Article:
January 13, 2007

"The Bad Guys"

Bang, bang! Mr. Kurtz, he dead.

Boyhood, very early boyhood, should be the last time the phrase "the bad guys" comes out of your mouth. The phrase would naturally erupt during a the standard game of "Cowboys" or "Cops and Robbers" and be left behind with the other detritus of childhood as you grow into a man.

Except, of course, that many American boys never grow into men, but remain eternal adolescents in a society that asks only that they leave their testicles in Al Gore's lock-box as they slide into a career that is only a job, and marry girls that will never be women. This is especially true of those who, for one reason or another, never have children. Having a child of your own usually results in the closing of the boy/adolescent circle as you wake up to discover that you have a responsibility that is larger than keeping your wife gainfully employed, reviewing the insignificant plays of a dead medium, hustling for a better table, or letting your proto-kids, the cats, fondle your underwear.

Once you bid a fond farewell to the things of boys, you should also say good bye to such childish locutions as "the bad guys." A good replacement for this kiddy lingo in this day and age would be "the enemy;" as in "a hostile power or force."

Alas, many of our leaders and the media mouthpieces that blather and spew across networks, cables, and newspapers seem to be unable to say "the enemy" by and large and have elected to stick with "the bad guys."

What is a sensible adult supposed to make of the compulsion to cast those who would, and who have, killed us in the thousands and seek to kill us in the millions as "the bad guys?" Perhaps this is some kind of subtextual wish-fulfillment or cultural code that there are surrounding "the bad guys" a lot of "good guys." Just a few little black hats in a sea of white hats. Once we sort them out all will be well so what's the good of calling those that make war on us "the enemy?"

No good at all unless you believe that in war obfuscation of the opponent increases your chances of victory. But then again, the word "victory" has been skillfully submerged in the welter of words that fogs the minds of all Americans desperately seeking fog for their minds, and they are legion. Instead, we've supplanted it with mumblings of "success" as if what was going on in "Terrorist World War I" was just the execution of a some lame Yuppie business plan with a really killer Power Point.

I'm not really sure when plain talk went away in American life. Was it when Norton insisted that Ralph Cramden call that prototypical sewer worker a "subterranean sanitation engineer"? Could be since it seems that since around that time the BS of American life has continued to rise until the mere act of listening to a politician's speech or turning on a newscast or scanning the front page of a newspaper now requires a full-body Hazmat suit with a self-contained air supply just to hold back the stench.

I guess that "the bad guys" will never be known as "the enemy" until just after the New York Times newsroom is filled with shrapnel. But maybe, just maybe, not even then. After all, the Publisher of the New York Times, should he survive, will still be what he is today, a little boy.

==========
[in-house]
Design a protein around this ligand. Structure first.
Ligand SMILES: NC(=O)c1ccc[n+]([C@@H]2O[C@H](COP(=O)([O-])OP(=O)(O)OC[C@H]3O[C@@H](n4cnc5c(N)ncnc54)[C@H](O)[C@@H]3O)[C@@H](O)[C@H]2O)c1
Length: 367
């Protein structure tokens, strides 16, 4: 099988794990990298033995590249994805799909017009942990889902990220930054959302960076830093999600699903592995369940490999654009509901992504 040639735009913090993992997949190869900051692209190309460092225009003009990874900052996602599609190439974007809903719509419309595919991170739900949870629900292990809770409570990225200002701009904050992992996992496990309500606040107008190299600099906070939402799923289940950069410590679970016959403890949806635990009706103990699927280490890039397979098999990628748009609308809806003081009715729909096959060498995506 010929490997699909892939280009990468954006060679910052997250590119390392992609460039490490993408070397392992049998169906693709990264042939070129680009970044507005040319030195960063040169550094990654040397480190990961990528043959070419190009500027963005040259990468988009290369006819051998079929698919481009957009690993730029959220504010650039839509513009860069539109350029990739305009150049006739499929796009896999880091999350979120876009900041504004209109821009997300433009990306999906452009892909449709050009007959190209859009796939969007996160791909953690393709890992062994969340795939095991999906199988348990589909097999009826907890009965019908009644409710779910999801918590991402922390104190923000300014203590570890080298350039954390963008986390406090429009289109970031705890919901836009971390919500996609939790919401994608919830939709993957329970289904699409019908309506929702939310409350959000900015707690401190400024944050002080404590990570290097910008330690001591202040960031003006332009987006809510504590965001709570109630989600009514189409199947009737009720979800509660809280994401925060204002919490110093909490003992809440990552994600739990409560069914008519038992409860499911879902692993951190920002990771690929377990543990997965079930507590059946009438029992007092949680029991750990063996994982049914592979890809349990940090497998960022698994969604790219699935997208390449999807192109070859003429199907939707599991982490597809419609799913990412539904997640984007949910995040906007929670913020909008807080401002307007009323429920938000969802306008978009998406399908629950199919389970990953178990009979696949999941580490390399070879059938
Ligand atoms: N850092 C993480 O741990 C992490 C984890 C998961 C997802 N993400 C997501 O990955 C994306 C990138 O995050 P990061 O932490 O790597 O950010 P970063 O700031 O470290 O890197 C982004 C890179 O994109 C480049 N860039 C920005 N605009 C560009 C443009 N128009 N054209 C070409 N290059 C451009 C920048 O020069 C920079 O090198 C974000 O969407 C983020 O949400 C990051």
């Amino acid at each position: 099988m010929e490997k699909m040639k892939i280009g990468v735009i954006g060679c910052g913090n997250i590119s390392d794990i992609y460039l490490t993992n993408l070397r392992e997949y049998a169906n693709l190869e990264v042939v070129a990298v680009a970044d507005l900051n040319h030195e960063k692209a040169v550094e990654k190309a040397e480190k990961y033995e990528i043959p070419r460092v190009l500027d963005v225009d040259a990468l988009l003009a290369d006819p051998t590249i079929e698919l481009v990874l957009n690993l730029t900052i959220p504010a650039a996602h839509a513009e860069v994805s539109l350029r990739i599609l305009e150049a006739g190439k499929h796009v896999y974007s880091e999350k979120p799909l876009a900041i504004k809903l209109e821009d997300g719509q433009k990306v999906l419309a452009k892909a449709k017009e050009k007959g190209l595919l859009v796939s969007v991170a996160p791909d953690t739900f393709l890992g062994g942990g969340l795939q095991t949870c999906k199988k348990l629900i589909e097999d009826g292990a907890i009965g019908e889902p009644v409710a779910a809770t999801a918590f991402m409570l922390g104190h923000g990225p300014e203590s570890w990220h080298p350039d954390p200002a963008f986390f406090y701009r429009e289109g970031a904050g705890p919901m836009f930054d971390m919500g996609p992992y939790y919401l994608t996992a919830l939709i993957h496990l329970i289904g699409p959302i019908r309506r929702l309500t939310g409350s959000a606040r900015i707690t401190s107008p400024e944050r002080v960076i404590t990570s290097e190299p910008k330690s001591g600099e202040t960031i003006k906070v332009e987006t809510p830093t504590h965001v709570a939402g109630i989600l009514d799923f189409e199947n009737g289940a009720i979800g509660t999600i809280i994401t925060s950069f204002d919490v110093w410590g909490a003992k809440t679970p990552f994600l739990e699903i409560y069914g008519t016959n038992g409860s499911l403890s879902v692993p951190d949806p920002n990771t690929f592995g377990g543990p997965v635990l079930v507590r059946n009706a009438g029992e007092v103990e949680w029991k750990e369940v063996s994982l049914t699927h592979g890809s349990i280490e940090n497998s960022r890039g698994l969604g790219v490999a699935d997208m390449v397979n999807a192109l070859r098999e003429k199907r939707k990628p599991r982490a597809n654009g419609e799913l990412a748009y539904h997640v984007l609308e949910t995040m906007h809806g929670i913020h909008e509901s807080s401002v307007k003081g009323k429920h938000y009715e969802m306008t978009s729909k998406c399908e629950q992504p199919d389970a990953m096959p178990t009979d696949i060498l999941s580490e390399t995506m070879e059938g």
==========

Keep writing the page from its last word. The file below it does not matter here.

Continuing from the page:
Posted by Vanderleun at January 13, 2007 11:58 AM
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"It is impossible to speak in such a way that you cannot be misunderstood." -- Karl Popper N.B.: Comments are moderated and may not appear immediately. Comments that exceed the obscenity or stupidity limits will be either edited or expunged.

Armies of un-necessary lawyers, laboring endlessly to prove the unprovable, have made communication nearly impossible.

A noted language expert, William Shakespear got it right. "First, kill the lawyers".

Posted by: rexrs at January 14, 2007 6:50 AM

I must admit I use this terminology fairly regularly. In my defense, I would state that I do so, perhaps condescendingly, to my ideological "betters" when referring to the various "militants," "freedom fighters," "Iraqi minutemen," and such, in a desparate hope that the phrase "bad guys," although perhaps judgemental on my part, will somehow penetrate their thick skulls and reach some dim childhood memory and strike therein a chord.

Your average Iraqi civilian knows who I mean, as they consistently refer to them as "Ali Baba," the bad guy of Arabian Nights fame.

I've linked to you here: http://consul-at-arms.blogspot.com/2007/01/re-bad-guys.html

Posted by: Consul-At-Arms at January 14, 2007 7:13 PM

Agreed. And the leader of the throng of little boys who will never grow up is your very own President. He even wears the right hat.

Posted by: Fletcher Christian at January 18, 2007 8:26 AM

I somehow feel certain the that the publisher of the New York Times, despite the electoral and constitutional realities, doesn't think of Pres. Bush as his leader.

Posted by: Consul-At-Arms at February 22, 2007 2:32 AM

"A noted language expert, William Shakespear got it right. "First, kill the lawyers"."

I am sure that said "noted language expert" would have loved it, rexrs, if you had actually read the play from which you pulled the quote -- that, and if you would also spell his name correctly.

The line you quoted belongs to Richard III -- who, whatever contradictions the REAL, historical Richard III may present, was one of the blackest of Shakespeare's villains. In that scene, Richard III is lamenting the legal impediments to his machinations, and vows that the first thing he would do once his tyranny over England is established would be to kill those who uphold or invoke the law to his frustration.

You might as well have quoted Hitler.

Posted by: Redisca at February 22, 2007 8:53 AM